Please Note: The Code below only works with Anonymous URLs.

-- example code begins --

<form action="">
<input type="hidden" name="iv" value="SURVEY CODE HERE">
<strong>Where 0 is 'Not at all' and 10 is 'Extremely'. how likely is it that you would recommend us to a friend or colleague?</strong>
<table border=0>
<td><input type="radio" name="q1" value="1"></td>
<td><input type="radio" name="q1" value="2"></td>
<td><input type="radio" name="q1" value="3"></td>
<td><input type="radio" name="q1" value="4"></td>
<td><input type="radio" name="q1" value="5"></td>
<td><input type="radio" name="q1" value="6"></td>
<td><input type="radio" name="q1" value="7"></td>
<td><input type="radio" name="q1" value="8"></td>
<td><input type="radio" name="q1" value="9"></td>
<td><input type="radio" name="q1" value="10"></td>
<td><input type="radio" name="q1" value="11"></td>
<input type="submit" name="OK" value="Submit">

-- example code ends

Again, look at the W3 site for more instructions:
Paste the above code in to one of the example windows to see how this looks.

Option 3: Include the whole survey completely in the email - EASY, HIGH RISK

If you want to actually include the survey in the body of the email itself you can use what is called an IFRAME. This quite simple to do as the code below shows.

Paste the following html in to an email template, replacing the SURVEYLINK with your own survey link and, obviously, test!... Note: Active content in email is increasingly becoming blocked by email readers so this approach will NOT work in some email readers (e.g. where IE security settings are set to HIGH.). If you use this option I would recommend including a link as well at the top of the page giving people an alternative should they not be able to see the survey.

-- example code begins --
Introductory text here </p>
<iframe src ="SURVEY LINK HERE" width="100%" height="400" frameborder="no" scrolling="yes"> </iframe>

-- example code ends --

You can change the settings (width, height etc.) to find the right setting for your survey. Again, there is a W3Schools page where you can test the html to see how your survey would look in an email:

Monday, November 13, 2006

Clicktools questions to Salesforce fields? What goes where...

Below is a list of all the field types in Salesforce with a recommendation of what question types to use to populate these types:

Salesforce Field Type Recommendation Alternative/Notes
Auto Number Not possible  
Formula Not possible  
Master-Detail Relationship Text NOTE: A Salesforce ID MUST BE USED to
create/update any reference field.
Lookup Relationship Text NOTE: A Salesforce ID MUST BE USED to
create/update any reference field.
Checkbox Checkbox
NOTE: Please see earlier blog posting here.
Currency Number  
Date Date Date completed option.
NOTE: You cannot create/update the Date
created or modified fields in Salesforce.
Date/Time  Date Date/Time completed.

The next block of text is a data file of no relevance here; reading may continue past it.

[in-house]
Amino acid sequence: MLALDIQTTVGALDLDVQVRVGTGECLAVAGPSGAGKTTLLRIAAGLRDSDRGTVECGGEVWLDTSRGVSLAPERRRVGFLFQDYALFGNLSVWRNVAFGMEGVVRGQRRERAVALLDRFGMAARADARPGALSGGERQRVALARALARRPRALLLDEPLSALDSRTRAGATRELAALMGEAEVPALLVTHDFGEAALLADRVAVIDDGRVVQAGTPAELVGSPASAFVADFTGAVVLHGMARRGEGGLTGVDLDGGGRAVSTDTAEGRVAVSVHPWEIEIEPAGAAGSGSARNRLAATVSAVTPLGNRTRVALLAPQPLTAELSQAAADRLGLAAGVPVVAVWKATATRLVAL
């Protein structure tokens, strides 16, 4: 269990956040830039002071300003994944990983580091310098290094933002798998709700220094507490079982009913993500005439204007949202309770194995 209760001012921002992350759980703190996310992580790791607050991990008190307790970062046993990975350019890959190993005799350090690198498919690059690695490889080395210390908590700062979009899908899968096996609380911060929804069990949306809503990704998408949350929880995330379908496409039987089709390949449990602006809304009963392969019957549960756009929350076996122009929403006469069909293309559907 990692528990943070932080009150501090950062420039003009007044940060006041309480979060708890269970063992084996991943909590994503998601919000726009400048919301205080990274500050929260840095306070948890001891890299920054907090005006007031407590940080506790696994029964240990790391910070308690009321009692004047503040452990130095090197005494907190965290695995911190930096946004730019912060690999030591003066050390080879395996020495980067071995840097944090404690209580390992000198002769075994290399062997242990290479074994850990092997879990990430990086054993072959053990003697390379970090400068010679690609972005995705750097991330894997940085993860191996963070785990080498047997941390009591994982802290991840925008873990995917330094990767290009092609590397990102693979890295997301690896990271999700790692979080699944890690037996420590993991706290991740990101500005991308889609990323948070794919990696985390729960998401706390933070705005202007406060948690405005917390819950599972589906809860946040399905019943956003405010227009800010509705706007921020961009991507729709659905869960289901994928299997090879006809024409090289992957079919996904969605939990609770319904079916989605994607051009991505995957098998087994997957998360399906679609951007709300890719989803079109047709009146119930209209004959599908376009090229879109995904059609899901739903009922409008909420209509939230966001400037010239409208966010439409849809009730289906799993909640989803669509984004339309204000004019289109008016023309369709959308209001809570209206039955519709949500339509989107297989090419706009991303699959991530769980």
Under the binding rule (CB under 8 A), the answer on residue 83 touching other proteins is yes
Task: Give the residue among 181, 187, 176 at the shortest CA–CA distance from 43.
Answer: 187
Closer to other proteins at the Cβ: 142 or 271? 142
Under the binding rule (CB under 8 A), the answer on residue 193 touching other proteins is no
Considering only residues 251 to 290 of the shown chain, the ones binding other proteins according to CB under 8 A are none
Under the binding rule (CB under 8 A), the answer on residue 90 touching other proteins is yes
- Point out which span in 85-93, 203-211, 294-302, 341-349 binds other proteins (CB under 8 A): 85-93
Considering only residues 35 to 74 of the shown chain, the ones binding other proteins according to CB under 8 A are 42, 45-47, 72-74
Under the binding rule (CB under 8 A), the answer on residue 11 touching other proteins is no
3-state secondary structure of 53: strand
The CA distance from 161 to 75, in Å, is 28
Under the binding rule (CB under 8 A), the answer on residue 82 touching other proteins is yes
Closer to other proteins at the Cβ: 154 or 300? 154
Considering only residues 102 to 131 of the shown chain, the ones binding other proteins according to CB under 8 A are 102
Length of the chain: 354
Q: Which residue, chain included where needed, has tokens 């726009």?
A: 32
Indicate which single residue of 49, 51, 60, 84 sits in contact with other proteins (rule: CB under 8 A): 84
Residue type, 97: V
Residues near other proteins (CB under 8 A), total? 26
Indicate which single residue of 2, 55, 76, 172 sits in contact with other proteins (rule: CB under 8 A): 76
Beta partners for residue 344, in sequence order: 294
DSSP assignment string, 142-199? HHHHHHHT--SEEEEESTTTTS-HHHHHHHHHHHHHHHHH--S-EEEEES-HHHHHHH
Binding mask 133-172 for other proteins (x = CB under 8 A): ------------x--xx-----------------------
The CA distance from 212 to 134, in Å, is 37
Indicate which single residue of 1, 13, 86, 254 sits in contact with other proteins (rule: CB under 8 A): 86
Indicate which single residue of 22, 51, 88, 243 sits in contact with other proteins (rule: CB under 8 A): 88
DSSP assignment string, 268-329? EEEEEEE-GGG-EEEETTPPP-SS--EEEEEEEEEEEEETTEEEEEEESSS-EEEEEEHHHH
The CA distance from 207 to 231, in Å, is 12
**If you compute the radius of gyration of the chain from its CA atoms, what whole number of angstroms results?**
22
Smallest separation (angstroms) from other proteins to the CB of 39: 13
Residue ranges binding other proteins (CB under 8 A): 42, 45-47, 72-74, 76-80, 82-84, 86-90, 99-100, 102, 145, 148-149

NOTE: You cannot create/update the Date
created or modified fields in Salesforce.
Email Text, Multi-text  
Number Number, Radio/Drop with Numeric
choices in the question. NOTE: Clicktools passes numbers
across with TWO decimal places so formatting in salesforce
must be set to this to work correctly.
Percent  Percent, Multi-percent Number 
Phone Number Text, Multi-text
Picklist Radio, Dropdown, Multi-radio, Multi-dropdown  
Picklist (Multi-Select) Checkbox, Multi-checkbox  
Text Text, Multi-text Any other question type except Essay
Text Area  Text, Multi-text Any other question type except Essay
Text Area (Long) Essay Any other question type
URL  Text, Multi-text

 If you have any questions about specific mappings, drop us an email...

Integration with IVR.

A great example of three-way on-demand integration is Clicktools integration with Angel provides an on-demand IVR tool and we have built an integration that transfers results directly from IVR phone based surveys in to Clicktools which can then, obviously, go in to Salesforce (any object!).

The basic use case is:

  1. Customer calls Support Desk
  2. Call center agent uses Salesforce to respond to call
  3. At end of call, Agent re-directs caller to to take survey
  4. collects survey response and passes to Clicktools
  5. Clicktools can be used for real-time analysis and transfer back in to Salesforce.

At the same time, an email survey could be sent to cases closed through that channel. Responses to both the email and IVR survey can be collected in the same survey in Clicktools - hey presto, a seamless, real-time multi-channel feedback environment enabling you to compare and contrast support levels across different channels.

To have a look at the demo:

  1. Click and login to the demo Clicktools account with the email and the password 'angelivr'
  2. Call 866-248-8135 and answer the short four question survey by saying the numbers or pressing digits on your phone. Leave a comment too.